Plaintiff dropped his reliance on a printed form of the agreement from a different case which had different versions of the agreement and failed to provide any other evidence that the agreement violated the type size requirements for consumer transactions under CPLR §4544. Weissman v Revel Transit, Inc.    

(11 summaries)

Assault   Discovery   Privilege   CPLR §306-b   Service   Reasonable Excuse   Untimely  

Second Department
Lower court improvidently denied certified nurse assistant’s cross-motion for in camera review of NYCHHC’s records of patient who assaulted her as disclosure of patient’s prior aggressive or violent acts was not medically privileged.

Plaintiff’s CPLR §306-b motion to extend time to serve assailant on “good cause” providently denied where she failed to show required diligence in attempting service. While diligent attempted service is not required for §306-b “interest of justice” extension, plaintiff’s lack of reasonable service efforts and delay in moving for extension failed to meet the interest of justice standard. Gooden v New York City Health & Hosps. Corp.    

Comment: See related decision below.

Assault   Vacate Default   Reasonable Excuse   Meritorious Action   Workers Comp Defense   Notice   Violent Propensity  

Second Department
Plaintiff’s motion to vacate default in opposing NYCHHC’s summary judgment motion improvidently denied where return date of summary judgment motion was after effective date of executive order tolling certain deadlines for COVID, was administratively adjourned, marked submitted prior to the expiration of the COVID tolls, and there were potential issues of fact on worker comp defense and notice of assailant’s violent propensities. Gooden v New York City Health & Hosps. Corp.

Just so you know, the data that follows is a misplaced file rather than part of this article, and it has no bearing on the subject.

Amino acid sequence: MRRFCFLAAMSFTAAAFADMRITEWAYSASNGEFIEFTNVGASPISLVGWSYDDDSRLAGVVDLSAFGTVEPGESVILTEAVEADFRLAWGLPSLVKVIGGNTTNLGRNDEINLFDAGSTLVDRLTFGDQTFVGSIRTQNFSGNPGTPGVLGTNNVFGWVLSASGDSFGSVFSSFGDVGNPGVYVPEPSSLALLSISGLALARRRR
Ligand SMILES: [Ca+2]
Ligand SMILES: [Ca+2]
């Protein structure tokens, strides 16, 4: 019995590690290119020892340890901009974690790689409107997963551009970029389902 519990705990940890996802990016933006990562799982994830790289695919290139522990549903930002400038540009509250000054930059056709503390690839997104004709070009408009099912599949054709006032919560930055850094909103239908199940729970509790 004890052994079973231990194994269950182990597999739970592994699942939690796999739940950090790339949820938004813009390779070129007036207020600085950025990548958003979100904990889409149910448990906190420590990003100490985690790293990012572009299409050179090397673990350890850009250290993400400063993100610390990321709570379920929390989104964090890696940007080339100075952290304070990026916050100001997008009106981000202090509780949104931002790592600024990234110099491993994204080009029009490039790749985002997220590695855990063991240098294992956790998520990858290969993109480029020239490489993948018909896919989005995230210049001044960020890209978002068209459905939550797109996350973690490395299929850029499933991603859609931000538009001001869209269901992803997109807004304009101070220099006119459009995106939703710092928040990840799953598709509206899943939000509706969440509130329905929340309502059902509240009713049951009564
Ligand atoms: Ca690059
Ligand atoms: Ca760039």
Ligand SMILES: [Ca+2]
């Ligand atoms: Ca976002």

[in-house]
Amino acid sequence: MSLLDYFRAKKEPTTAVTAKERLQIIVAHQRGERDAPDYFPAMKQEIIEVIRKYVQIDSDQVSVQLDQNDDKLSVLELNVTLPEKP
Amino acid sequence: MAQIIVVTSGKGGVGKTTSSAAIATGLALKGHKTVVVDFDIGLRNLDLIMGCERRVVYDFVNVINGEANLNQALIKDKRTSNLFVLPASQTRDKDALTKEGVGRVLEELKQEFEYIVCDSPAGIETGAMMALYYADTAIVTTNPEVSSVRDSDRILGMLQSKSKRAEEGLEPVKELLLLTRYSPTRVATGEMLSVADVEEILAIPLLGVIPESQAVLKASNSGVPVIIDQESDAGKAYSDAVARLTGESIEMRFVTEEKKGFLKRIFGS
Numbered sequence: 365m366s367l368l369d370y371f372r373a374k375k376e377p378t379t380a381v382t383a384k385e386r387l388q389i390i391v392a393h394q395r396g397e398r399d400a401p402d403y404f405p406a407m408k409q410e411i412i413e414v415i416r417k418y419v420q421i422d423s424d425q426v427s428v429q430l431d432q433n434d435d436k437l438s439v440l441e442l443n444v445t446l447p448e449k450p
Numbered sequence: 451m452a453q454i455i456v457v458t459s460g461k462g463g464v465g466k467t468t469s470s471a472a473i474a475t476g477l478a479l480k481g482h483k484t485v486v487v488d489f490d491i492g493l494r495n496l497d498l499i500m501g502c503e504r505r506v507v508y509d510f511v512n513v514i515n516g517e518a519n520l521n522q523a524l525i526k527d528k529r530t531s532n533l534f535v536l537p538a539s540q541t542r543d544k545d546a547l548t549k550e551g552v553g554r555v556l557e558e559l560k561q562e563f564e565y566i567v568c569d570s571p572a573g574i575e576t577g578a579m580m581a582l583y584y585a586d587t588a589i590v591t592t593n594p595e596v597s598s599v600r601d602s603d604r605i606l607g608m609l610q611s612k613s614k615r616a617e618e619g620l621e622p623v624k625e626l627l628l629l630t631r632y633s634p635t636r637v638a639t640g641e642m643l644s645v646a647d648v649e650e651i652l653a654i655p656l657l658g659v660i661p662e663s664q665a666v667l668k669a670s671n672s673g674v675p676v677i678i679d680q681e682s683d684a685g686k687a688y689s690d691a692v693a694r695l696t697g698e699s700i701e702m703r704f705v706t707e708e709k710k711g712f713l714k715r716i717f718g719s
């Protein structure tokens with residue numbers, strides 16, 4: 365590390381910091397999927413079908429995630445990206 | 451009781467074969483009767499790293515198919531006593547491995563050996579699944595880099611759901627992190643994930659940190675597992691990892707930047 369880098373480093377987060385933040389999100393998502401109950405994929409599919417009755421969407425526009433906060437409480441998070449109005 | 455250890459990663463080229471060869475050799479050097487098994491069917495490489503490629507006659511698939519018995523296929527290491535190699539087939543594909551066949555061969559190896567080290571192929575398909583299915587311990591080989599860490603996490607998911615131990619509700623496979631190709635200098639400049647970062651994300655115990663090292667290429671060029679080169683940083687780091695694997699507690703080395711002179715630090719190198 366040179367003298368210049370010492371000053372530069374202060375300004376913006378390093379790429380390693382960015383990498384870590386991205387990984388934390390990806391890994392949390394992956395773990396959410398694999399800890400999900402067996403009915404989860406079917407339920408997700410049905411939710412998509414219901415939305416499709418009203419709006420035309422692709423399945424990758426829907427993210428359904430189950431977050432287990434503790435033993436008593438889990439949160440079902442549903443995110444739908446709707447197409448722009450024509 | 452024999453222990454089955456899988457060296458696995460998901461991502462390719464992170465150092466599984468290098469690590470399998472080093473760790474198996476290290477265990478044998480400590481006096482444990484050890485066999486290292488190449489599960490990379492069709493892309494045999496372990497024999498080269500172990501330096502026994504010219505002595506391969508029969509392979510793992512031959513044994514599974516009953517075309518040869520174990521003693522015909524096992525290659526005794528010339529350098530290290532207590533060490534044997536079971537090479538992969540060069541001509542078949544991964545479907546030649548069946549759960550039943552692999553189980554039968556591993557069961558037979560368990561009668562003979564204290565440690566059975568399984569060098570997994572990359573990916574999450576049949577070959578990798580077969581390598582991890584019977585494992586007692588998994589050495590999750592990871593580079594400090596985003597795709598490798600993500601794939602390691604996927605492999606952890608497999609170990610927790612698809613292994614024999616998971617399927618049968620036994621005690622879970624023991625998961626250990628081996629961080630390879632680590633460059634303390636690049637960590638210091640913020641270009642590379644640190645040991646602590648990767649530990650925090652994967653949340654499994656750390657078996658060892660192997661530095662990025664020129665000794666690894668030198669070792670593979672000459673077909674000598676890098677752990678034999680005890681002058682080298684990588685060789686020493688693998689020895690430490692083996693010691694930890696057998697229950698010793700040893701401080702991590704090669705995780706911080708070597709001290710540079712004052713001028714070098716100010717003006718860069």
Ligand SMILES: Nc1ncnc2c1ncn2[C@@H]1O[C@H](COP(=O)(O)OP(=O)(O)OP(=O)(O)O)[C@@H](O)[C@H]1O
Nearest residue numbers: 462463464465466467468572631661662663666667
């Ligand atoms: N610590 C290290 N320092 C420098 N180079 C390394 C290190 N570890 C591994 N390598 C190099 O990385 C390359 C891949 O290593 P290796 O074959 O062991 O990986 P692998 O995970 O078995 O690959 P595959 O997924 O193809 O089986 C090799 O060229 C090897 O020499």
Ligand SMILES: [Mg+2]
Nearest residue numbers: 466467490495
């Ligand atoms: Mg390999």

Comment: See related decision above.

MVA   Venue  

First Department
Defendants’ motion to change venue from New York to Suffolk County, where defendants’ vehicle struck bicyclist in Suffolk County, based on convenience of material witnesses and the ends of justice (CPLR §510(3)) providently denied where 4-non-party witness affidavits did not detail the materiality and relevance of their proposed testimony or how they would be inconvenienced by testifying in New York County. Hidalgo v Hoge    

Discovery   HIPAA   Preexisting  

First Department
Defendants’ motion to compel plaintiff to provide unrestricted authorizations for medical and employment records for a prior work accident with injuries to his knees, a prior MVA with injuries to his knees and lumbar spine, and his current construction accident with injuries to his lumbar spine granted where plaintiff alleged permanent pain and difficulty walking, working, ‘prolonged sitting, climbing stairs and lifting, carrying heavy objects, performing strenuous activities, finding a comfortable position and sleeping.’ Even though he did not claim knee injuries from the current accident, the prior injuries were relevant to his alleged difficulties and his long-standing arthritic knees and pre-existing lumbar spondylolysis, warranting unrestricted authorizations. Villanueva v J.T. Magen & Co. Inc.